"Pulp Adventures" #18Pulp Adventures #18 (Summer 2015), the fourth issue of the new version from Bold Venture Press, is now out. We get a collection of pulp fiction, along with some “post pulp fiction” taken from the various “men’s adventure” magazines that replaced the pulps, and some new stuff, all under a Norman Saunders crime cover. As I’ve noted in reviews of previous issues, we don’t have any similar series of pulp reprints out there now, and this is a great series.

The issue starts with an editorial that gives an overview of the men’s adventure magazines. There are several works out there that focus on them (even an ad for several of them). And we then get right to it with “MacDonald’s Nightmare Safari,” which gives the adventure of Jim MacDonald on his quest for diamonds in South America. But it’s not so simple as he must contend with dangerous natives, a man-eating dinosaur (or is it a giant lizard?), and a dame. Who wrote this tale for issue of Man’s Conquest in 1959 is unknown, as it was billed as written by Jim MacDonald himself! Thought it interesting that the issue’s cover was by George Gross, a long-time pulp cover artist who later did the great covers for paperback reprints of The Avenger and others.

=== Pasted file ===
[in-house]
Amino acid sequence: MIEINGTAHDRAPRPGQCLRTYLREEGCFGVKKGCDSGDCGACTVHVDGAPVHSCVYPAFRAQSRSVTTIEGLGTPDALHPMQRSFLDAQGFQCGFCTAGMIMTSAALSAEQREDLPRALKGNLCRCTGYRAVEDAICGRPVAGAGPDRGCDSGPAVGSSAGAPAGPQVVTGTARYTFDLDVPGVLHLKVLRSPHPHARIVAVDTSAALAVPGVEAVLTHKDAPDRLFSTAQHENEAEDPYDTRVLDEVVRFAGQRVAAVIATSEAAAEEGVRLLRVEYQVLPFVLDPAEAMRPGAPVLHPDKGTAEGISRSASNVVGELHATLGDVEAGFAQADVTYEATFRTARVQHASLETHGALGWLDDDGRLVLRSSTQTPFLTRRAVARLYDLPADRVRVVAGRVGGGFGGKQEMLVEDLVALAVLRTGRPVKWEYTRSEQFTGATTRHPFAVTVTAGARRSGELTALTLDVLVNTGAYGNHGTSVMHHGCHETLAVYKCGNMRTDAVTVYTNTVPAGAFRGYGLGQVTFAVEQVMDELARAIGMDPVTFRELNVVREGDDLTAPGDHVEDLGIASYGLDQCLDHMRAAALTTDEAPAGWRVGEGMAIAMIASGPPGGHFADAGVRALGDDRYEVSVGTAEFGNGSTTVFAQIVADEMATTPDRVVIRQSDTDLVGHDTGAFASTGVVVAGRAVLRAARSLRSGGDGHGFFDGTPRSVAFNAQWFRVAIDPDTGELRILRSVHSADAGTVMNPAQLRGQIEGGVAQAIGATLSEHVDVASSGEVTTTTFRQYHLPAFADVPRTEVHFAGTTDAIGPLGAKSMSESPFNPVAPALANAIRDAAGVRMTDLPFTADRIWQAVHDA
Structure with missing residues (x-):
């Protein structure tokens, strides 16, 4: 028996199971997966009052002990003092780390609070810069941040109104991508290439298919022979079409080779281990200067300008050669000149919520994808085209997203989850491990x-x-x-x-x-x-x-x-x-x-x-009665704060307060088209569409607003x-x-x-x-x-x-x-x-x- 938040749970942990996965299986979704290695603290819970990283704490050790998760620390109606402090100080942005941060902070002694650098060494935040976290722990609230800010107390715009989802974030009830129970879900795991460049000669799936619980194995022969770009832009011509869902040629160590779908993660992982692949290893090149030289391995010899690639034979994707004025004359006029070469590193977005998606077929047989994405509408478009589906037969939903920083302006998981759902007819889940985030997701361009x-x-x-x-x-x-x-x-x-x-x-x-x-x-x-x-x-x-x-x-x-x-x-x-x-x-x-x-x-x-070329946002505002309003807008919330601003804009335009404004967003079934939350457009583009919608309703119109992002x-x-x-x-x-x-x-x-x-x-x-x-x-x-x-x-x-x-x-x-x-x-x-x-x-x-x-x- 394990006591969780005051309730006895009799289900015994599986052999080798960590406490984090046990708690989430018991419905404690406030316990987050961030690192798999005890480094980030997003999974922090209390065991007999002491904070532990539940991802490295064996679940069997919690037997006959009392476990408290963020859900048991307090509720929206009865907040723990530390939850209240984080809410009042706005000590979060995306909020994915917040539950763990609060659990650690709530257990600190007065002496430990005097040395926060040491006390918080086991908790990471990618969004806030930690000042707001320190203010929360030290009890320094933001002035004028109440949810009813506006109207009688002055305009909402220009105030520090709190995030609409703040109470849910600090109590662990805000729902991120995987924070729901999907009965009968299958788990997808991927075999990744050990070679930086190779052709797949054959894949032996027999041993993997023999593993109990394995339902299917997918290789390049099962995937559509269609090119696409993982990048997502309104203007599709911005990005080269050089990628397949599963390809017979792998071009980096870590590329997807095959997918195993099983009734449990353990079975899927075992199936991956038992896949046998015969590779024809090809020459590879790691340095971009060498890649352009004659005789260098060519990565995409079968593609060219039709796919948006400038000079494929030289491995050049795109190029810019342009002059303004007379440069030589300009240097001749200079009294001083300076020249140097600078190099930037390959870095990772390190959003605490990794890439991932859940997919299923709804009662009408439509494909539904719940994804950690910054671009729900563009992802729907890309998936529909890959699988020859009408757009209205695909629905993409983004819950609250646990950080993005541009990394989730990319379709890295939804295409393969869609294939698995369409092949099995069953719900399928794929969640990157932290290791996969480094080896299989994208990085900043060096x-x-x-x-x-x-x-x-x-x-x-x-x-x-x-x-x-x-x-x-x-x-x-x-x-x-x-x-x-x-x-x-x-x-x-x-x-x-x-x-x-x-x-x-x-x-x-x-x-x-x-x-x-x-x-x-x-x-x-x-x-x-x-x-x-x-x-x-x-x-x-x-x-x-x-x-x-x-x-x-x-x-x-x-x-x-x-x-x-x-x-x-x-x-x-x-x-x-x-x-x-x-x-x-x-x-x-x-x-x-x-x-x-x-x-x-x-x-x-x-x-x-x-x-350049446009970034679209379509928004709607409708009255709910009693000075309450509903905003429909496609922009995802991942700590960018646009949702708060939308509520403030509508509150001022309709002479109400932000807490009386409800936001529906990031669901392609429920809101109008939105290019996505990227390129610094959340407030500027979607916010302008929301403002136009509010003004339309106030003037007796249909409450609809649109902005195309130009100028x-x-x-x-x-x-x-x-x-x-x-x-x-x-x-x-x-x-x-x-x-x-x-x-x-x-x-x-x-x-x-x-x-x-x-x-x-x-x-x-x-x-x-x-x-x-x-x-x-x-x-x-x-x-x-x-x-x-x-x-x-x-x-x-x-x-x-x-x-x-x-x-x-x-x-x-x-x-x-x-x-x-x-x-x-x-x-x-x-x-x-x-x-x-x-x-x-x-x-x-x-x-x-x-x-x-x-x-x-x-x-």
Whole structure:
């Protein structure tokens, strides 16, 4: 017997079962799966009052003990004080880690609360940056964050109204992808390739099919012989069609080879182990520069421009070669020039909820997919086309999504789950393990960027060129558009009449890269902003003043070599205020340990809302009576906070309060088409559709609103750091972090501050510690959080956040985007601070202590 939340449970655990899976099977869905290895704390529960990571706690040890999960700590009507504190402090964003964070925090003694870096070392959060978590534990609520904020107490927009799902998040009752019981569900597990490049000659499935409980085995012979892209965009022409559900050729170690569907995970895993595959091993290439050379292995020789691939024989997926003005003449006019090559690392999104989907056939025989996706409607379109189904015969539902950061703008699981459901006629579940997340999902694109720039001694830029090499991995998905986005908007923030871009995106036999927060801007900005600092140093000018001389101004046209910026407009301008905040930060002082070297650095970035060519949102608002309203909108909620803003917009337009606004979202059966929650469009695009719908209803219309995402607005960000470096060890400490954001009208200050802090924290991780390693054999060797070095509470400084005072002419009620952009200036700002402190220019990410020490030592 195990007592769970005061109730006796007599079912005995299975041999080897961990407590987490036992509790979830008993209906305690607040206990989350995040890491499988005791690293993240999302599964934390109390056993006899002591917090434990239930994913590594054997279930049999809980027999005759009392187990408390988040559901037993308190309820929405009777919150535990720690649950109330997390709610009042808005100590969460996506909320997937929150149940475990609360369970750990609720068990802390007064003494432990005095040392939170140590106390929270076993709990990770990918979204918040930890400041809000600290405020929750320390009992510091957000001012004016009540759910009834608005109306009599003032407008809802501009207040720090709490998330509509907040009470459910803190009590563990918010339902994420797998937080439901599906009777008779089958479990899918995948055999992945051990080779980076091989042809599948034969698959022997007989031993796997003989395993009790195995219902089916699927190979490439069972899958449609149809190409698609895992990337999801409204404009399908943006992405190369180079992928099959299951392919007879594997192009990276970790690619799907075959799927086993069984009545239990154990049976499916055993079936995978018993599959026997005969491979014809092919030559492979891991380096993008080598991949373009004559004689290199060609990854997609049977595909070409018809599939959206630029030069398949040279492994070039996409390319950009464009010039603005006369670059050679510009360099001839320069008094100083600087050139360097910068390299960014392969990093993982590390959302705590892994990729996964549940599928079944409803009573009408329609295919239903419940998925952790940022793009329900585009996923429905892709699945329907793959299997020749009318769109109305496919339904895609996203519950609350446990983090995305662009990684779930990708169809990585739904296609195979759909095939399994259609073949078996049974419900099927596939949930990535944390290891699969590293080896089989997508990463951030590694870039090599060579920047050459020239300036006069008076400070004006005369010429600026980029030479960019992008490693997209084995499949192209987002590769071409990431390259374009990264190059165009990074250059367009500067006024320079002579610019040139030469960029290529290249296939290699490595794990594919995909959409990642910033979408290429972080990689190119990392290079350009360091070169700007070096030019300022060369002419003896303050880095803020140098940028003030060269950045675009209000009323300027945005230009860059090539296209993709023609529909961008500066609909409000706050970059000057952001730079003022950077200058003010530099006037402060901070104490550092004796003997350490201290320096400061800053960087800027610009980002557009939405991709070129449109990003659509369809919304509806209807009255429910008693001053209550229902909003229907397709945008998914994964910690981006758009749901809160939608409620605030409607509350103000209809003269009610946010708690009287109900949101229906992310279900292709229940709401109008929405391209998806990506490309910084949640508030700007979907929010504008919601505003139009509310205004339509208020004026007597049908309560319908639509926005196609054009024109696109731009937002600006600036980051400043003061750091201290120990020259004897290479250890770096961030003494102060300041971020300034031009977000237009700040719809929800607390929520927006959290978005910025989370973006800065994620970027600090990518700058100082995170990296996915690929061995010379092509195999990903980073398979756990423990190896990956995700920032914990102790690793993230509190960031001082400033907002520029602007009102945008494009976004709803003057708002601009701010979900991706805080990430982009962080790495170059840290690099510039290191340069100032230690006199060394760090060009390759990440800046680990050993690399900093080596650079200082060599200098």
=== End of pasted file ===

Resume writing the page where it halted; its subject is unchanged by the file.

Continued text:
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Lester Dent in ‘Argosy’

Posted by at 10:00 am Monday, September 21, 2015 in Adventure Pulps, Altus Press, Lester Dent, Pulps

Lester Dent in ‘Argosy’
Lester Dent

Lester Dent

Lester Dent, the co-creator and major author of Doc Savage, is too often overlooked in regards to his non-Doc work he did before, during, and after he wrote the character. I’ve done previous posts on several of his “gadget heroes” and other works, and am sure I’ll do further posts on his other non-Doc works.

One particular episode of his career is when, during a too brief lull in writing Docs, he was able to try breaking into other markets. This allowed him to try to get stories in Argosy, the long-running and well respected Munsey pulp. Out of this was two novelettes: “Hades” and “Hocus Pocus,” and the long novel “Genius Jones,” serialized over six issues. All three stories have some similar elements. All have several interesting characters, many who seem influenced by Doc and his associates. And all have a higher level of humor than his regular output, with “Genius Jones” the most explicit version of this.